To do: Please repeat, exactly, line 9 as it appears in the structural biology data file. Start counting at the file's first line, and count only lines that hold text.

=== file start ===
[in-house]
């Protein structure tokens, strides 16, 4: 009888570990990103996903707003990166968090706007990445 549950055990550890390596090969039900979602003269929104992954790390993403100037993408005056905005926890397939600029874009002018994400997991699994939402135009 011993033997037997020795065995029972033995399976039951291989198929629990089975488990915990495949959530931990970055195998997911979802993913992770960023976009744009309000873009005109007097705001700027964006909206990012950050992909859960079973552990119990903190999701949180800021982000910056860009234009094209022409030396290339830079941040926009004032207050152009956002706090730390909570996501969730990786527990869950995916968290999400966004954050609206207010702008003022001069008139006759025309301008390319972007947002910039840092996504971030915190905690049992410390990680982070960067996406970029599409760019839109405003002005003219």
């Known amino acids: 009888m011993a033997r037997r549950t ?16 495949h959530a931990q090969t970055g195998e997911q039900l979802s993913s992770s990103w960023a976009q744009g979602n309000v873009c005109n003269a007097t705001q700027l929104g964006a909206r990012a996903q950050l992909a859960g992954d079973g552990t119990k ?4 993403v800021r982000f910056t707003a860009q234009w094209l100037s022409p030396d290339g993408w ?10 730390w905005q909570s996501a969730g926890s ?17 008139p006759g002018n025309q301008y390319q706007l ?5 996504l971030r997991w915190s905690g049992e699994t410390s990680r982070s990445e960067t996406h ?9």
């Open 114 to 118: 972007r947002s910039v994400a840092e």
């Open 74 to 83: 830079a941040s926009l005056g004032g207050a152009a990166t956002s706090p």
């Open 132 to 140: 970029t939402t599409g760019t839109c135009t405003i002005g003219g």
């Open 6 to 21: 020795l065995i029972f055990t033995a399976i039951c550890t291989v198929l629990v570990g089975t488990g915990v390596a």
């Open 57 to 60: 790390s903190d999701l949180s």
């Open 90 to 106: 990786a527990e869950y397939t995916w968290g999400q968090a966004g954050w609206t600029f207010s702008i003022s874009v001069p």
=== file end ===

């Open 90 to 106: 990786a527990e869950y397939t995916w968290g999400q968090a966004g954050w609206t600029f207010s702008i003022s874009v001069p």